Organizers for the Republican National Convention are doing a disservice to the party. On the cusp of the one of the most dynamic political conventions ever held last week in Denver where the lights seemed brighter, the stage more spectacular, the music more rockin’, and the delegates more excited, the RNC has decided to go even more low key than usual. The venue is substantially smaller. The set up is more simple as the stage is a low-lying, ordinary black surface, backed by a 50 foot HD video wall. The music is nearly non-existent. And the delegates, well . . . let’s just say the floor whips have an ample supply of prune juice on hand in case of an emergency.
Therein lies my problem. As dynamic a party as the GOP is, it just doesn’t look like it at this year’s convention. If one were to make a judgement about who Republicans are based on those present in St. Paul, they would think we are a party of old cowboys, old bankers, old oilmen, and others that are just plain old. You would think that since we are nominating one of the oldest politicians in Washington as our choice for President, RNC organizers would have wanted to inject a little youth into the audience as a counterbalance. Nope.
The democratic party is the party of extremes. Their membership was either just wished Happy Birthday by Al Roker on Today or just had a birthday to give them the right to buy lottery tickets. Their membership either lives in a $2 million estate or cleans it for a living. Their membership either possesses a Ph.D from Harvard or a GED from Sylvan Learning Center.
Meanwhile, the Republican Party is much more diverse. We have members from all walks of life. We have the old and the young, but most of us are people in their prime. We have some rich and some poor, but mostly we are working Americans saving to send our children to college. We have some highly educated and some not so much, but mostly we are people who either have some college or a trade school and are working our way up to middle management. We are the party of temperance. Not too hot. Not too cold. Just right.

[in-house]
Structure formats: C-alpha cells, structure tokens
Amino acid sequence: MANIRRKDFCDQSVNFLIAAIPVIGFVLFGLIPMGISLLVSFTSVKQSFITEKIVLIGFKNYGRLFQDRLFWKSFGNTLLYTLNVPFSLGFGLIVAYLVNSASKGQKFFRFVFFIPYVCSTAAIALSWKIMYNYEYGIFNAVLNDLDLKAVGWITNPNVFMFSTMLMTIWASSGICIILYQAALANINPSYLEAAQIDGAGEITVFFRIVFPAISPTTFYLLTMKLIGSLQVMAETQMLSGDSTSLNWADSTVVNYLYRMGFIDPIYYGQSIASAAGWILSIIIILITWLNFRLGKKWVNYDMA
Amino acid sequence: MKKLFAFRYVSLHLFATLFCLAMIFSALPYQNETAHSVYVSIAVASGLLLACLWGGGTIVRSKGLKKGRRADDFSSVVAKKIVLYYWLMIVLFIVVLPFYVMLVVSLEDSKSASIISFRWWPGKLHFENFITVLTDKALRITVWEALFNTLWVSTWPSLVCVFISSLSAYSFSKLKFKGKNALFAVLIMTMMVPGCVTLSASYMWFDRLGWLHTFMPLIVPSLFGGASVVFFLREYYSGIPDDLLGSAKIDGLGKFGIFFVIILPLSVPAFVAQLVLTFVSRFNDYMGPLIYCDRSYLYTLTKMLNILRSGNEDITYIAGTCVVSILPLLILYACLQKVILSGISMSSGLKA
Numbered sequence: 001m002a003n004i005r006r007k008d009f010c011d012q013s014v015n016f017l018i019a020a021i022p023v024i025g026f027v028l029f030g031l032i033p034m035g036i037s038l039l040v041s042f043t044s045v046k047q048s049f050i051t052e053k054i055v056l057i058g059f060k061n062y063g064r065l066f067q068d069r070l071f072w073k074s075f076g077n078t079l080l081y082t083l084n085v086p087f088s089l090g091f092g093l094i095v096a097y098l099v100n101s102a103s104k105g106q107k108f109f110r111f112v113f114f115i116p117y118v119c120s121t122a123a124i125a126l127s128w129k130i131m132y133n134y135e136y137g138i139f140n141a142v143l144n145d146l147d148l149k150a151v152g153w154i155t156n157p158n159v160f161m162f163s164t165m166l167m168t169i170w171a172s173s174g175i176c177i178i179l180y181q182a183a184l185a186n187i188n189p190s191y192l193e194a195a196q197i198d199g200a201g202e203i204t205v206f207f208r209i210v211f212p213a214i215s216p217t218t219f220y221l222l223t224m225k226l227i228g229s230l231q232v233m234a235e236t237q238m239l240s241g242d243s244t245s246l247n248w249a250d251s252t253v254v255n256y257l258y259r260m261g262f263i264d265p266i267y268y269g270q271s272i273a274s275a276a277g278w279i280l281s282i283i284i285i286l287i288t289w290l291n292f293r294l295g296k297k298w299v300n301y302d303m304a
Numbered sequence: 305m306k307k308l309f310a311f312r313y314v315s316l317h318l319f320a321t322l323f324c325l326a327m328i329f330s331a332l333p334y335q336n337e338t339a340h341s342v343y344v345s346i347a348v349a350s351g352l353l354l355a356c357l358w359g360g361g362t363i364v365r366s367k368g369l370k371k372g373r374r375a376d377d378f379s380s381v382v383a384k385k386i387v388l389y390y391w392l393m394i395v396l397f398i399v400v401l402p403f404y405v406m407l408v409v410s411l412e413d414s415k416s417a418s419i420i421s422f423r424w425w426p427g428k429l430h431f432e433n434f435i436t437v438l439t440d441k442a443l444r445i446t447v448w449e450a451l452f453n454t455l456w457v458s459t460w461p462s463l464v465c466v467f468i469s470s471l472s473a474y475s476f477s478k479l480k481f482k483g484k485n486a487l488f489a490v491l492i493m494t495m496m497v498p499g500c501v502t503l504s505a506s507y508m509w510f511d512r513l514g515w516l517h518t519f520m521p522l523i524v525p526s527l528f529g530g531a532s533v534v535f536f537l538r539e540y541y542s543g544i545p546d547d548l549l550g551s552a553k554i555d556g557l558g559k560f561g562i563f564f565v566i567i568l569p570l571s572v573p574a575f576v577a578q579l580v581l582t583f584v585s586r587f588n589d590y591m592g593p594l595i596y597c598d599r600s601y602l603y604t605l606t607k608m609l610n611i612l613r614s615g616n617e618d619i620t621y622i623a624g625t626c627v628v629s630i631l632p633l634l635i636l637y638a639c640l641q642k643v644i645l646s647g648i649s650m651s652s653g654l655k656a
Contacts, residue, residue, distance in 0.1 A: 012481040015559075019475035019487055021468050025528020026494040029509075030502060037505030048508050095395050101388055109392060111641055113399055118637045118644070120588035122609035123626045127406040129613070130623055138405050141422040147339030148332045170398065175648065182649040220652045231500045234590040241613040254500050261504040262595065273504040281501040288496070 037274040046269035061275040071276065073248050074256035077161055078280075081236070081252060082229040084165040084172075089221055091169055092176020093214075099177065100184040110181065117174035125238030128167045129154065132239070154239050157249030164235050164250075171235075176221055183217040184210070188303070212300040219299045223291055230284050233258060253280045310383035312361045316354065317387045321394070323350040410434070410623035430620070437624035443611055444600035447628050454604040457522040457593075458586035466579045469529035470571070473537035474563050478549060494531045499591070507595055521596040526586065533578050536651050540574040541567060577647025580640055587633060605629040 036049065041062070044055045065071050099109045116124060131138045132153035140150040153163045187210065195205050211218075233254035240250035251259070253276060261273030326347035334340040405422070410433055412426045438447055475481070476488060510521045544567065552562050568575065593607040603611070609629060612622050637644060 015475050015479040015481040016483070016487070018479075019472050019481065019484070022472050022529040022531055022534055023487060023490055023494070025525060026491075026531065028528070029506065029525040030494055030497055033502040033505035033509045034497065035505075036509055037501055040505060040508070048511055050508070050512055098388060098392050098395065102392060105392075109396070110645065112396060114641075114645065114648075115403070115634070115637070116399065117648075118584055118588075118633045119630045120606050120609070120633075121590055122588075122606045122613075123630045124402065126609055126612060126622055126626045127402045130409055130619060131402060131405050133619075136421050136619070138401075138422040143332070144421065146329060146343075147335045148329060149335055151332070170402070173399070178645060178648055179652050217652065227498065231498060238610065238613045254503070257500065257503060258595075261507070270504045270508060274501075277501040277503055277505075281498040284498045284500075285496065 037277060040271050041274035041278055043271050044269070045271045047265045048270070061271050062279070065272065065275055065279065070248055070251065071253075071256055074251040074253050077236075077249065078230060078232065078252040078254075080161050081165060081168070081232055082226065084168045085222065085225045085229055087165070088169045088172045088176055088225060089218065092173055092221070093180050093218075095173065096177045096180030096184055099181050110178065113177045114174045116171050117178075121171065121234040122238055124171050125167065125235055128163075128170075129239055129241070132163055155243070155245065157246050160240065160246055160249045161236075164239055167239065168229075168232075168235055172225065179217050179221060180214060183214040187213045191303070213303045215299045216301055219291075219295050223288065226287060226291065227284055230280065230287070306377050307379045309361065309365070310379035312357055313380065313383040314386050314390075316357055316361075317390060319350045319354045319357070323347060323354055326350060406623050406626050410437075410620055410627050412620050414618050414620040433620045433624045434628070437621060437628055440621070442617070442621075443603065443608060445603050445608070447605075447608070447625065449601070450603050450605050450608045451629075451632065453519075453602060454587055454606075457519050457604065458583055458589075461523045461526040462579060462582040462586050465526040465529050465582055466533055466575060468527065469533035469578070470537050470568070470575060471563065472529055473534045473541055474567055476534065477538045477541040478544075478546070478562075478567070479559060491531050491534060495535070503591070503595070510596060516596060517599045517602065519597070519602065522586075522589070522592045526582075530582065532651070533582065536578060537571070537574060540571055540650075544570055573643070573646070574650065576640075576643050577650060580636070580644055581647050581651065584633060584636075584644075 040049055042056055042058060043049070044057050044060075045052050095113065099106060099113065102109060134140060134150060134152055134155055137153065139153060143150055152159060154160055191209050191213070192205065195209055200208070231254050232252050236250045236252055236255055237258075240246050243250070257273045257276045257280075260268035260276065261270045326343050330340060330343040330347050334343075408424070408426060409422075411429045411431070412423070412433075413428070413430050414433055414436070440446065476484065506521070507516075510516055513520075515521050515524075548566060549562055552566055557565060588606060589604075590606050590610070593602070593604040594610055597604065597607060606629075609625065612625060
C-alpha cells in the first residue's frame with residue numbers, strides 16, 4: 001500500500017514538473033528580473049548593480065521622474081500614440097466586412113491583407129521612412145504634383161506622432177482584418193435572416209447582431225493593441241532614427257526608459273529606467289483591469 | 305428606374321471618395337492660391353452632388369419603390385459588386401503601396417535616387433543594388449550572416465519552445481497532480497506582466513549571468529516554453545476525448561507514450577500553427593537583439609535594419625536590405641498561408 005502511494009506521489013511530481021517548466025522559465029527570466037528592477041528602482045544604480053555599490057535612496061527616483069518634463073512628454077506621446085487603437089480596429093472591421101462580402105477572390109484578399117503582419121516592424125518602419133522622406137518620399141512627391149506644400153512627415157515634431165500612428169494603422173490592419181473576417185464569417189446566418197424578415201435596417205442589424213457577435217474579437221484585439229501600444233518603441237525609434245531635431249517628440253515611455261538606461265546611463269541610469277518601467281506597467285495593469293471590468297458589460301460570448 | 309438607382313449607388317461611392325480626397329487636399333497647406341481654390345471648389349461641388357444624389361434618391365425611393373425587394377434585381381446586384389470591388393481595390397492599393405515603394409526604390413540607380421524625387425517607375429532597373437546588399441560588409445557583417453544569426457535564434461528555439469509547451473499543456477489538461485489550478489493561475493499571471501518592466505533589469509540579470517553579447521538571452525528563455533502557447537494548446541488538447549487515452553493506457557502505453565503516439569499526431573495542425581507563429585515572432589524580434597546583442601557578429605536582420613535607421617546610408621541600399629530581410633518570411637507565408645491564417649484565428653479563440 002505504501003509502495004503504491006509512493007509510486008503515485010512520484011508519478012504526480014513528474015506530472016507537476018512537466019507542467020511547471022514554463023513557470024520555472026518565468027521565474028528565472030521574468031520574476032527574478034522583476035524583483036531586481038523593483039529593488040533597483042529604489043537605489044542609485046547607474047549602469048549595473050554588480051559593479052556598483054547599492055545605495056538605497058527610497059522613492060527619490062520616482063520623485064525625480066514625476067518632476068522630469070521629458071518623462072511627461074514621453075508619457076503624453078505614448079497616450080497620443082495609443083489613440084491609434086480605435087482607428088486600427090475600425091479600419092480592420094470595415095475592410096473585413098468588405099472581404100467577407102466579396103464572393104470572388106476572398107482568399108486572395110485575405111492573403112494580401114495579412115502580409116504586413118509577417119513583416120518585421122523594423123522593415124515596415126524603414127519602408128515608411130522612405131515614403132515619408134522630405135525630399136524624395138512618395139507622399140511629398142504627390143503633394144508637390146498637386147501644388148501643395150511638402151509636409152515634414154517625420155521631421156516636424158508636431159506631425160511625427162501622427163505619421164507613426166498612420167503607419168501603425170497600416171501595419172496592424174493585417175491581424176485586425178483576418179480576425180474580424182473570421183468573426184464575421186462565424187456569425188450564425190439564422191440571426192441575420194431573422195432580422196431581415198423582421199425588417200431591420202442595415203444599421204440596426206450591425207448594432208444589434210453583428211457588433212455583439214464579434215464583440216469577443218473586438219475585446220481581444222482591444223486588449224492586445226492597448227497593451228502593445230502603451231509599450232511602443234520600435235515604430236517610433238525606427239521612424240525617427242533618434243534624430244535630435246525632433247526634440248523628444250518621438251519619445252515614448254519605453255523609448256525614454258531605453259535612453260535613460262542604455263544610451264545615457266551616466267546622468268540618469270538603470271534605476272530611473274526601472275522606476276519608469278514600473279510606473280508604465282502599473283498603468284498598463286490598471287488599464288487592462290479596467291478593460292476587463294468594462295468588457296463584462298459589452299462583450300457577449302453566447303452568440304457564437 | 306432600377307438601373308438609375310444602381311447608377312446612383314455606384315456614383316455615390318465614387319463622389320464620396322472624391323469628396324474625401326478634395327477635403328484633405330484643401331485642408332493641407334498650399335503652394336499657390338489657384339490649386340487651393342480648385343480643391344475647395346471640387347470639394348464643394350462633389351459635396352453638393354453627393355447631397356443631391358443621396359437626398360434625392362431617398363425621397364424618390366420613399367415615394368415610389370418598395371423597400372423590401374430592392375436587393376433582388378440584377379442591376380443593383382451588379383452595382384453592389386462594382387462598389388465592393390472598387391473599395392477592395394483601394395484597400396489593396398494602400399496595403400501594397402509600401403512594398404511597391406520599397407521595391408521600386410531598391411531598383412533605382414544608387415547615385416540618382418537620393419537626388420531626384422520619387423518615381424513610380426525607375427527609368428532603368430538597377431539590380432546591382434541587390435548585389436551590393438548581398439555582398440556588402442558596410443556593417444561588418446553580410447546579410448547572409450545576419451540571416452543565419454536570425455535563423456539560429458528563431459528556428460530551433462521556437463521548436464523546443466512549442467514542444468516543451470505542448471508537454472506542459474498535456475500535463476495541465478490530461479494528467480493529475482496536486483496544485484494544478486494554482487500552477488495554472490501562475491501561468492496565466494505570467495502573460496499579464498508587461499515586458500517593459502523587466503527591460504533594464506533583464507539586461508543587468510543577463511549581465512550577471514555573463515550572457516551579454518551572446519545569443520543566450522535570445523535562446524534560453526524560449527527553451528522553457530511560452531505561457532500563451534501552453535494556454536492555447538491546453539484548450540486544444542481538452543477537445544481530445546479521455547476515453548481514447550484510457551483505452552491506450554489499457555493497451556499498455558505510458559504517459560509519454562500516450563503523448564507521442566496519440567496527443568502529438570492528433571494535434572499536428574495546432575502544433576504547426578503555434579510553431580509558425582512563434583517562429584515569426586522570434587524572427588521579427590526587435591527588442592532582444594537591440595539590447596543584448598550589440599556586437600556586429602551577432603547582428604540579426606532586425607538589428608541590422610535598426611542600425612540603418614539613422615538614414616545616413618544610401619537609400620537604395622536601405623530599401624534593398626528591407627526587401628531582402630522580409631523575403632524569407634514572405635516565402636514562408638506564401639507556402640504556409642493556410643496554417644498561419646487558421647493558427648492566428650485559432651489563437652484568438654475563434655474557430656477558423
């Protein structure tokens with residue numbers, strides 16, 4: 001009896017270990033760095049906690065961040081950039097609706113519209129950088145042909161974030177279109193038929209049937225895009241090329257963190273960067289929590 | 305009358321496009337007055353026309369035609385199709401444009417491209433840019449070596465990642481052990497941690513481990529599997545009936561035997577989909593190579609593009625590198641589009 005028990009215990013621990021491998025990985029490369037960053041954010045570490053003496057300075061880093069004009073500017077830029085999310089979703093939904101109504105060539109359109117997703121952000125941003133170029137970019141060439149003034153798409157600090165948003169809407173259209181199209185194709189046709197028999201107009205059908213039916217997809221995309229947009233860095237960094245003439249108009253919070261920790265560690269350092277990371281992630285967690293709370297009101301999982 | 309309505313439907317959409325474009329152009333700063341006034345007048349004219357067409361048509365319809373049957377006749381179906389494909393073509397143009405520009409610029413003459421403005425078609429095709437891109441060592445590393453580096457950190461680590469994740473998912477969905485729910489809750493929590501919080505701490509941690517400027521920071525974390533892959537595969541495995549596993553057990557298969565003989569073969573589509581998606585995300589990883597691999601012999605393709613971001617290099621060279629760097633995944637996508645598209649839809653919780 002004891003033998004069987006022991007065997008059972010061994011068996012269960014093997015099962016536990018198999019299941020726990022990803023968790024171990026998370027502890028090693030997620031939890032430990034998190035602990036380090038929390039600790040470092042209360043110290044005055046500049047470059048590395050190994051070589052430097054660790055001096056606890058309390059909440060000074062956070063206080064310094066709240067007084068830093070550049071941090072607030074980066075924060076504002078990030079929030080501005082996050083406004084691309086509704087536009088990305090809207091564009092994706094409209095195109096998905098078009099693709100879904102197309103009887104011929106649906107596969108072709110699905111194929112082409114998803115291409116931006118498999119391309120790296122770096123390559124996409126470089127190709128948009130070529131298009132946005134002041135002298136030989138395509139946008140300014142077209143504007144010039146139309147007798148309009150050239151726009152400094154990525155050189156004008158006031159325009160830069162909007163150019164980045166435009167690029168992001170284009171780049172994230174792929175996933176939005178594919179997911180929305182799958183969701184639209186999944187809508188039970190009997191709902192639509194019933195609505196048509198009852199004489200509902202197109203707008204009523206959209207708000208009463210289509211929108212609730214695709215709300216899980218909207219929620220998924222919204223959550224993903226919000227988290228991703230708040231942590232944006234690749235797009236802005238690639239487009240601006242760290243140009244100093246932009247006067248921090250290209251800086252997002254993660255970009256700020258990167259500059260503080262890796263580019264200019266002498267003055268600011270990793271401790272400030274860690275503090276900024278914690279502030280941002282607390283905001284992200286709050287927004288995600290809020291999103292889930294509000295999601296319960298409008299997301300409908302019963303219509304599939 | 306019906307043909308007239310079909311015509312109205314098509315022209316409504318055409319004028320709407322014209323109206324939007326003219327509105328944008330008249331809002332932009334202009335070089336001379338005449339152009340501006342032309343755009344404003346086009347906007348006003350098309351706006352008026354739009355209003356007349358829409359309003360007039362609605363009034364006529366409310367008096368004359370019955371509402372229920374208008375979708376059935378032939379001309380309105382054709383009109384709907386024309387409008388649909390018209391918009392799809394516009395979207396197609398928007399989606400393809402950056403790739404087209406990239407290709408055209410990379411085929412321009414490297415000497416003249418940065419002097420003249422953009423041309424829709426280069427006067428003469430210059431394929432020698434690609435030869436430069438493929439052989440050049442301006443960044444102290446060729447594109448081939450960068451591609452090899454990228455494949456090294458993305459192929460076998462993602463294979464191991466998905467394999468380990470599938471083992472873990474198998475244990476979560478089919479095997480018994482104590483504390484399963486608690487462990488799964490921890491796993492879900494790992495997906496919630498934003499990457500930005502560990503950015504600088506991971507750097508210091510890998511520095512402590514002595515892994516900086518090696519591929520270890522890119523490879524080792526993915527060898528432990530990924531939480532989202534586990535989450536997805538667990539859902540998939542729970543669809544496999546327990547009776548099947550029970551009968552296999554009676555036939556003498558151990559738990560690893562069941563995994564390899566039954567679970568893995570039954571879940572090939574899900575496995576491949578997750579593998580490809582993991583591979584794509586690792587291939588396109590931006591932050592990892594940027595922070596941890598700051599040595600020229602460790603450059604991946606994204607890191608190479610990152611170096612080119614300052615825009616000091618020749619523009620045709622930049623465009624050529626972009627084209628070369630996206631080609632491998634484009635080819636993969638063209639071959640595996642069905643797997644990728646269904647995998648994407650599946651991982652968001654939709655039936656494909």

However, you wouldn’t know it looking at the RNC audience last night. Where were the young fire-breathing collegiate Republicans? Where were the pickup driving hard-hats and the flag waving good ole boys? Where were the former military personnel from THIS War on Terror? Where was 95% of the Republican Party?
I’ll tell you: We were at home cheering nearly non-stop and sometimes on our feet for a rousing speech from Fred Thompson, while watching those old farts in attendance sit on their hands and listen to one really annoying dude, who was lucky enough to be near a broadcast mic in the back of the hall yell, “YES” every two seconds.
I understand that the GOP values paying ones dues. Those who were selected as delegates paid theirs a long time ago. They waited for their turn, now we will have to wait for ours. I get it, but it doesn’t make it right. Sending the same old, unexcitable delegates year after year, while leaving those who canvass the neighborhoods, work phone banks, raise money, hang signs, and organize rallies, at home to watch on TV does NOTHING to help energize the base and grow the party . . . . which I thought was the whole point of a national convention.